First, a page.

Your kids already have make tons of decisions: Ketchup or ranch dressing with fries? Playing football or doing gymnastics? They decide based on their personal preferences, opportunities, and dreams, which, surprisingly makes it easier for parents to explain one of the biggest decisions we can make in our adult lives: Which candidate we're voting for to be president of the United States.
You might be surprised (or not) to know: Kids actually pick up more than you might realise. Our family conversations around voting started with a book, Go Vote, Baby! by Nancy Lambert, which tells kids to vote for their favourites between two things, like cats or dogs. This sparked further conversations in our house about what the president does and why it's important for us to have a say in who gets that job, kind of like how they get to vote for what they want for lunch sometimes. Then, we took our kids to vote today, as early elections have officially begun in our home state of Texas. At just 3 and 1, they didn't really understand, but we still think it's important for them to see us participating in our civic duty — and moral obligations — by voting.
When I was little, I distinctly remember my dad telling me his chosen candidate was the best, and the other guy was bad. It wasn't until later — years later — that I realised it wasn't quite so black and white as that. Debating politics is complicated, especially when people on both sides feel so passionate and emotionally connected to the issues on the table. But because it is so important, we absolutely should be talking to our kids about it, no matter their age. POPSUGAR asked child development experts for specific advice on how best to address this sensitive topic.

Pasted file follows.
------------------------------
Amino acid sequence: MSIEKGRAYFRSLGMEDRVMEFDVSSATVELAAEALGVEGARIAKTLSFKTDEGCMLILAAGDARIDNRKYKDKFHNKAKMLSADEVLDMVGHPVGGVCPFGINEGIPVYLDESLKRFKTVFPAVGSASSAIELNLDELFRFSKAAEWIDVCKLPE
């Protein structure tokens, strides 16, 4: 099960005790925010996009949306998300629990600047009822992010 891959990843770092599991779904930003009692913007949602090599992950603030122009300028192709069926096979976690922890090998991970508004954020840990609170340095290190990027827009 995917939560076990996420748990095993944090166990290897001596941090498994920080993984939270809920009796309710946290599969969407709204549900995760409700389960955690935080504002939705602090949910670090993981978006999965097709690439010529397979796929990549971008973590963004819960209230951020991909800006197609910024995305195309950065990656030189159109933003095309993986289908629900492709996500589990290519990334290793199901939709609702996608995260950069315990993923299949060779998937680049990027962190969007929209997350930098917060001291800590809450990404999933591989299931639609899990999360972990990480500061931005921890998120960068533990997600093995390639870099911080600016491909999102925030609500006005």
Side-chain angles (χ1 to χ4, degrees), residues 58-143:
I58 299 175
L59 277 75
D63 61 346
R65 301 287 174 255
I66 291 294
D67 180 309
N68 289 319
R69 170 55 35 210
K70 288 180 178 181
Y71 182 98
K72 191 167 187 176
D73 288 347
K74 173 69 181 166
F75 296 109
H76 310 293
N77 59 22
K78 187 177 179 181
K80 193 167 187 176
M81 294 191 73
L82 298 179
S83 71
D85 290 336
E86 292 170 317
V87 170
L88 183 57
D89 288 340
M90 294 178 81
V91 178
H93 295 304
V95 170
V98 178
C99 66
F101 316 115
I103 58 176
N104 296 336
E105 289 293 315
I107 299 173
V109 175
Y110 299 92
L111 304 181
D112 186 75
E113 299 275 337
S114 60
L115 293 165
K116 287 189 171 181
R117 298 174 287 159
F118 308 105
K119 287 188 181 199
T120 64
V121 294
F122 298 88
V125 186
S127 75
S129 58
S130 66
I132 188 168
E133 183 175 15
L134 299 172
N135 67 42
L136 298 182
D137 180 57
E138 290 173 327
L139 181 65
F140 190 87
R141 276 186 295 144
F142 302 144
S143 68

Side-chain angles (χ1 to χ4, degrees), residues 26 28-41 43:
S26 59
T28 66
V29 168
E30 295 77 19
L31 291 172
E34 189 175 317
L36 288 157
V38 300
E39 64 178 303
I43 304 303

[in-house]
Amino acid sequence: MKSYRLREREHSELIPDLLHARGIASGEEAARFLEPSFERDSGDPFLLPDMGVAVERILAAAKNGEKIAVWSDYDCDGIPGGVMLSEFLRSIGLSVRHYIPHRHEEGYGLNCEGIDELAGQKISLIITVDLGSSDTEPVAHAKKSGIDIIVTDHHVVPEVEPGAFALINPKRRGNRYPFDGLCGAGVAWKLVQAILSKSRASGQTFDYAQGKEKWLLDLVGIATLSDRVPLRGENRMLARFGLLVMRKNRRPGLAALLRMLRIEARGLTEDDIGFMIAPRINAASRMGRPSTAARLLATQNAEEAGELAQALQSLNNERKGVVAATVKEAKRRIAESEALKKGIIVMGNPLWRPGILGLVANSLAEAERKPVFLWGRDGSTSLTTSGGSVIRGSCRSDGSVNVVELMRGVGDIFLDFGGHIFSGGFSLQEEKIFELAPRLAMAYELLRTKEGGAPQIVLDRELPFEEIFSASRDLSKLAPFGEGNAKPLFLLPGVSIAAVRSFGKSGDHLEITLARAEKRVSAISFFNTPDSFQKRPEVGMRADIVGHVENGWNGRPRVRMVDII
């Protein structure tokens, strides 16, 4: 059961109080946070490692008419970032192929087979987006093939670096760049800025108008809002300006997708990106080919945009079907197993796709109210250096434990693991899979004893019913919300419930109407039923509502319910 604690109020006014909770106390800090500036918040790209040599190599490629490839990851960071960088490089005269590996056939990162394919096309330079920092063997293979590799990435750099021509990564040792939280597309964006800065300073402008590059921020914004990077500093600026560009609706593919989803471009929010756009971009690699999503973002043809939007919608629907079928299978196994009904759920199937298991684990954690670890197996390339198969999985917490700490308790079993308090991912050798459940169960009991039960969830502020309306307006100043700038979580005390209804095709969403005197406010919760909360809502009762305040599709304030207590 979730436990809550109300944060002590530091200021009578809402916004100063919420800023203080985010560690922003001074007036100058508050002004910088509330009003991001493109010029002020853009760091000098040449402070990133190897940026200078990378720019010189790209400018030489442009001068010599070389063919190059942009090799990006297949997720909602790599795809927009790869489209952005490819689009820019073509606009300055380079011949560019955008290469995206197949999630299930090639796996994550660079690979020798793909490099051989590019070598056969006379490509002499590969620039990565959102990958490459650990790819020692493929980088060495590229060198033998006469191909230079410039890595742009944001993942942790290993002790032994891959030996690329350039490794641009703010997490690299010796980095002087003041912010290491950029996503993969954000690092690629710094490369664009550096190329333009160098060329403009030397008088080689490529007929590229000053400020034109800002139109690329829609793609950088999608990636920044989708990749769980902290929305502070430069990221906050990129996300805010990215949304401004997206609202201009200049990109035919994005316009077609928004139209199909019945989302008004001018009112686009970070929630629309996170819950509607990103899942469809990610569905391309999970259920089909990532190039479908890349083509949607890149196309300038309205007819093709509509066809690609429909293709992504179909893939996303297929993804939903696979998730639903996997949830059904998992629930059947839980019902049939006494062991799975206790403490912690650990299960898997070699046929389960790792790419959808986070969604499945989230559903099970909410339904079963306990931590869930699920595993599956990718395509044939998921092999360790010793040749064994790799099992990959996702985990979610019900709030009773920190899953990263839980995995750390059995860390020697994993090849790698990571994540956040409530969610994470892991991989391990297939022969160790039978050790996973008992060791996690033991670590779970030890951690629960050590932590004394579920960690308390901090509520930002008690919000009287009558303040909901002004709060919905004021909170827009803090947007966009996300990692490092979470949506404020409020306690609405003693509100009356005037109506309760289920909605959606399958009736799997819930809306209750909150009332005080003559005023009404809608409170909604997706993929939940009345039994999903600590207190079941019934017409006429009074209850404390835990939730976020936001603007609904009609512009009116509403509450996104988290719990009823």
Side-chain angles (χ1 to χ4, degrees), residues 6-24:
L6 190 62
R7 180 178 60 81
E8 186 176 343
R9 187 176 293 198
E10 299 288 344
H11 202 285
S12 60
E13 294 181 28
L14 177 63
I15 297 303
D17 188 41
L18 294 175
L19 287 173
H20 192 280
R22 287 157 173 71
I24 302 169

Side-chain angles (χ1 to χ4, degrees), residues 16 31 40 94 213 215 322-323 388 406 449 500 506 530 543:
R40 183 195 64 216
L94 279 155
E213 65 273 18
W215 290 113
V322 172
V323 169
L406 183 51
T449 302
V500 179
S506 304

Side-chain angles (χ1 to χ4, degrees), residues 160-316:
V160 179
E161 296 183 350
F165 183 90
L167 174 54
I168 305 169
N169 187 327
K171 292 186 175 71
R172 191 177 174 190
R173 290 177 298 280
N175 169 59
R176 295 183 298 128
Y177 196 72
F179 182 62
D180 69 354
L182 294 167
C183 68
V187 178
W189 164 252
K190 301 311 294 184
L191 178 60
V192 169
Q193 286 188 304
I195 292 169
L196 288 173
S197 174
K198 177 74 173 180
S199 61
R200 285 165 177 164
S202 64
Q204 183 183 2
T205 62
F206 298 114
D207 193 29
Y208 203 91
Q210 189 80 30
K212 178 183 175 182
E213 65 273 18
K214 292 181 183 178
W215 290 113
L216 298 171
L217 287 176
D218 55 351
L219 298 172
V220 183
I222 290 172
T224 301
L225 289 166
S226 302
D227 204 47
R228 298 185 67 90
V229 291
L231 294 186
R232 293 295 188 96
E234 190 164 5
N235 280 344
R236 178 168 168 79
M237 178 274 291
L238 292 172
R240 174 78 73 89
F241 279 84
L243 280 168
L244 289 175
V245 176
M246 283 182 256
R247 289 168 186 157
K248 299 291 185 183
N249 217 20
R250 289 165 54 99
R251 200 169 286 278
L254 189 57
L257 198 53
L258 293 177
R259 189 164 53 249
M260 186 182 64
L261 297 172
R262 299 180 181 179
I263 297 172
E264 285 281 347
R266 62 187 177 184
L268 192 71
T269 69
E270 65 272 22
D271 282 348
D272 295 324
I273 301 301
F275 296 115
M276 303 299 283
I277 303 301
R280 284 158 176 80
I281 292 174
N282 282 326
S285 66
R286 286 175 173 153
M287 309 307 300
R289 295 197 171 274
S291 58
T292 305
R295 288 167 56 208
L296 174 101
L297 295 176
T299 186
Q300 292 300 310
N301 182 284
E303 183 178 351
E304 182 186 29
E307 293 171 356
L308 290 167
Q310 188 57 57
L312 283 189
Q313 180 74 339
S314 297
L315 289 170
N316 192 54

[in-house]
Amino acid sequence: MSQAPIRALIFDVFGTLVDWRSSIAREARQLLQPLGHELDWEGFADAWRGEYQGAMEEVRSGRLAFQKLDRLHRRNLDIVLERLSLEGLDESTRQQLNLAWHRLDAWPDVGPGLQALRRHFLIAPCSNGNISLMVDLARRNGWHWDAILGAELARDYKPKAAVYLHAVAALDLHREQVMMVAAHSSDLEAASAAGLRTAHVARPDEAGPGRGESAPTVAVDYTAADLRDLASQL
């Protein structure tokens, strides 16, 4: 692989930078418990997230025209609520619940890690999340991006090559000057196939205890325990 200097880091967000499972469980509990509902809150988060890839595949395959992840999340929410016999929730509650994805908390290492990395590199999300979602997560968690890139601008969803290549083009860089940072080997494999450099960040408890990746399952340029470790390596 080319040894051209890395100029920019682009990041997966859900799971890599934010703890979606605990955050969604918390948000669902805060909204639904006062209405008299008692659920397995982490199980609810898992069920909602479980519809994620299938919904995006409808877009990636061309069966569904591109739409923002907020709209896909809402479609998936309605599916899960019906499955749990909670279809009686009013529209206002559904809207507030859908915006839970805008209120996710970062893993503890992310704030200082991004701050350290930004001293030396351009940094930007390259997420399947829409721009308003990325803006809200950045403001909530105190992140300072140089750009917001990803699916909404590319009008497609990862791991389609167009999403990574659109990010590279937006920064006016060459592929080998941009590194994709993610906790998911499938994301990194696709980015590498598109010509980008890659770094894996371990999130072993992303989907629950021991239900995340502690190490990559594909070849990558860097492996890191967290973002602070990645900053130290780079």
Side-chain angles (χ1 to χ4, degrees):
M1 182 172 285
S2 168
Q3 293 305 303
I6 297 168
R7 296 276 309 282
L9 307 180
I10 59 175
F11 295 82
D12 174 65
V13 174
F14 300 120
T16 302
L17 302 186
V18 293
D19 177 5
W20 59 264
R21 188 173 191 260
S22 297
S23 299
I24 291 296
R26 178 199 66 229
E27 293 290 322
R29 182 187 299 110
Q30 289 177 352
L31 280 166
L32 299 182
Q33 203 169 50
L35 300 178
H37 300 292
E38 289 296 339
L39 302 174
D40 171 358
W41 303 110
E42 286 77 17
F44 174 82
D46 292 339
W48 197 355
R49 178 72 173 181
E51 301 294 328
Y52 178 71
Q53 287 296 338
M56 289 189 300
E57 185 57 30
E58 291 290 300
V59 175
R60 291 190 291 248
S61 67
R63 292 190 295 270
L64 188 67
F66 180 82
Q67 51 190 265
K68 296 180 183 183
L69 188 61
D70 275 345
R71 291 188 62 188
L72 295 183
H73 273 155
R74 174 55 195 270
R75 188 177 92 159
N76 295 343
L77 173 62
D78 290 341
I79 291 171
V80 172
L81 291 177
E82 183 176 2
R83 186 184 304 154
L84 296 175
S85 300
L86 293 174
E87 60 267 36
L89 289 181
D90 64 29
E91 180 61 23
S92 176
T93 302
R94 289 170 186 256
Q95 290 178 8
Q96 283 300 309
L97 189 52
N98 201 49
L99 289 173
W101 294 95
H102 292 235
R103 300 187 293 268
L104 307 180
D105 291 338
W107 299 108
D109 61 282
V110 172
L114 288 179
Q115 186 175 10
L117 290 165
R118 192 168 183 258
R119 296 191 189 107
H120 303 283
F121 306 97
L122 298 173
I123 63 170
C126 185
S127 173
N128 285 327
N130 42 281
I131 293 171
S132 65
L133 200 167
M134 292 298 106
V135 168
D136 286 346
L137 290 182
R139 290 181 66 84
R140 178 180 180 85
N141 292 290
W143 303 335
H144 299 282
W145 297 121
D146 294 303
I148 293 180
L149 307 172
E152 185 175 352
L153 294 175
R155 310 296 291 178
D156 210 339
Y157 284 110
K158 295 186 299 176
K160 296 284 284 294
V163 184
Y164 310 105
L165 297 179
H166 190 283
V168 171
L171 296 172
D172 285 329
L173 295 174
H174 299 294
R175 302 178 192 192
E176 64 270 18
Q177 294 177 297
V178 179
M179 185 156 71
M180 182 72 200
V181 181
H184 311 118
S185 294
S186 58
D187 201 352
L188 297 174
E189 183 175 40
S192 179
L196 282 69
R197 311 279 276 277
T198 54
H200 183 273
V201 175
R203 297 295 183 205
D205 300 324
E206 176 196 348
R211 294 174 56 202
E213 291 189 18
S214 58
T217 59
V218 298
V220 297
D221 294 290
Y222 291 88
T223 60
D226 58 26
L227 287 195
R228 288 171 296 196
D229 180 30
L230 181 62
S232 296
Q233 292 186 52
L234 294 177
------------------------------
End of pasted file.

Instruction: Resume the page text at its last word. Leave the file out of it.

Should I talk to my kids about politics?
Your kids will inevitably hear things from their friends or technology, so it's important to be open with them about politics, elections, and voting so that they know they're welcome to speak freely with you about any questions they have, Leela Magavi, M.D., regional medical director for Community Psychiatry and Hopkins-trained adult, adolescent, and child psychiatrist based out of California, tells POPSUGAR.
It's important to be open with kids about politics, elections, and voting so that they know they're welcome to speak freely with you about any questions they have.
"Generally, children as young as three can gain a very cursory understanding of politics," says Dr. Magavi. "Preschool children can differentiate between 'us' and 'them' with regard to parties. I advise parents to explain the government in an age-appropriate manner, help their children understand that even if they do not like a candidate, they can still value the system, encourage their children not to believe everything they hear, and to ask questions if they're worried or confused."